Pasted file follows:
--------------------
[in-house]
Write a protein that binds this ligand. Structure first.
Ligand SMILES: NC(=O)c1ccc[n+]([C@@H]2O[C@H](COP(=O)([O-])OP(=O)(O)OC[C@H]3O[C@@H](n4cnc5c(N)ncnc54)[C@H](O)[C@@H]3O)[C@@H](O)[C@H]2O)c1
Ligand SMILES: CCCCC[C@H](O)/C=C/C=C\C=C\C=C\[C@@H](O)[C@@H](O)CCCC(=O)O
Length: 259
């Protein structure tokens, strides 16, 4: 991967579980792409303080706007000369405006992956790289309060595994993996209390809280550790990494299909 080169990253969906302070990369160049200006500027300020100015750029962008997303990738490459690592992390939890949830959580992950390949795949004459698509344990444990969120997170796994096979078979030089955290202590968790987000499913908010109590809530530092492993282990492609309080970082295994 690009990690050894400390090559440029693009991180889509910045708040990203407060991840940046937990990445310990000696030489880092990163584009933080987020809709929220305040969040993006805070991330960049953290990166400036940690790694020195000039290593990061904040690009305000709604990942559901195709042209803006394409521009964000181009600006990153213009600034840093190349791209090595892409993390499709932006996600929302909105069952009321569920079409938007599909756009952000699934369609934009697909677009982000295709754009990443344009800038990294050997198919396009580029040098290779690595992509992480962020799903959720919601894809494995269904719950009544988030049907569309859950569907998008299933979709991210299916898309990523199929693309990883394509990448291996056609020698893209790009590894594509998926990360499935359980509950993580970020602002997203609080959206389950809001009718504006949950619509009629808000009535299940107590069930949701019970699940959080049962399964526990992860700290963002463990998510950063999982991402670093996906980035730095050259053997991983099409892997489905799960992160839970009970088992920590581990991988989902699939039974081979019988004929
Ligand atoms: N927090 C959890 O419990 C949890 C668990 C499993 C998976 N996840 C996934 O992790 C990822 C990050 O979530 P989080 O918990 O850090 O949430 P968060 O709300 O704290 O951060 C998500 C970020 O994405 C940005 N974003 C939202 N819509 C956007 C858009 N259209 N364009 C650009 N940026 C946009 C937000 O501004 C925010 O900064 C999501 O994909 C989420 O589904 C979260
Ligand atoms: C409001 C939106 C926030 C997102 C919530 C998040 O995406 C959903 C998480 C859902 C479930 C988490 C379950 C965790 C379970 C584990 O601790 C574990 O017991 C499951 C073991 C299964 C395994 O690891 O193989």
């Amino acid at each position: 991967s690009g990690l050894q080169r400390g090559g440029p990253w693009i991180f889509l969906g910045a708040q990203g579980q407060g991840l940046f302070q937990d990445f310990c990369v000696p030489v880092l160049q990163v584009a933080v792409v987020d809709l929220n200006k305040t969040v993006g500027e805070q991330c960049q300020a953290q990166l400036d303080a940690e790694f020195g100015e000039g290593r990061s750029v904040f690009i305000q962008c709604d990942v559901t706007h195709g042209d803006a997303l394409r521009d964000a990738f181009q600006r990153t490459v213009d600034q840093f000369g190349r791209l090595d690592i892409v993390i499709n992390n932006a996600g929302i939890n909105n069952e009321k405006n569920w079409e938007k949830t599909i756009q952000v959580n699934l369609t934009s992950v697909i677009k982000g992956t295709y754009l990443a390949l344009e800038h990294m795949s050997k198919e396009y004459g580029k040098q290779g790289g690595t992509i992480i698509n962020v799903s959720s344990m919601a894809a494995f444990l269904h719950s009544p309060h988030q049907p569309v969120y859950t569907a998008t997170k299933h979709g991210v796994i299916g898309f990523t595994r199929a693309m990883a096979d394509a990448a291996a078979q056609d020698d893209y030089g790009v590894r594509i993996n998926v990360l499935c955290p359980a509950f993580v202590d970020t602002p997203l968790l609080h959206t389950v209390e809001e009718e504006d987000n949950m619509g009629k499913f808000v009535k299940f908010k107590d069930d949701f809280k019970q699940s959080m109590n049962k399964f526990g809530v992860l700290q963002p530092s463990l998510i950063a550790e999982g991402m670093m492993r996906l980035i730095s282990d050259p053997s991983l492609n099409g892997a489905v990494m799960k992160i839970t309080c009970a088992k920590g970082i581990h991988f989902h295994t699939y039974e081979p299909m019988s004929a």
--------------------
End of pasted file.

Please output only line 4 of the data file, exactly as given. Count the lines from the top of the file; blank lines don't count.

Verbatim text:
Ligand SMILES: CCCCC[C@H](O)/C=C/C=C\C=C\C=C\[C@@H](O)[C@@H](O)CCCC(=O)O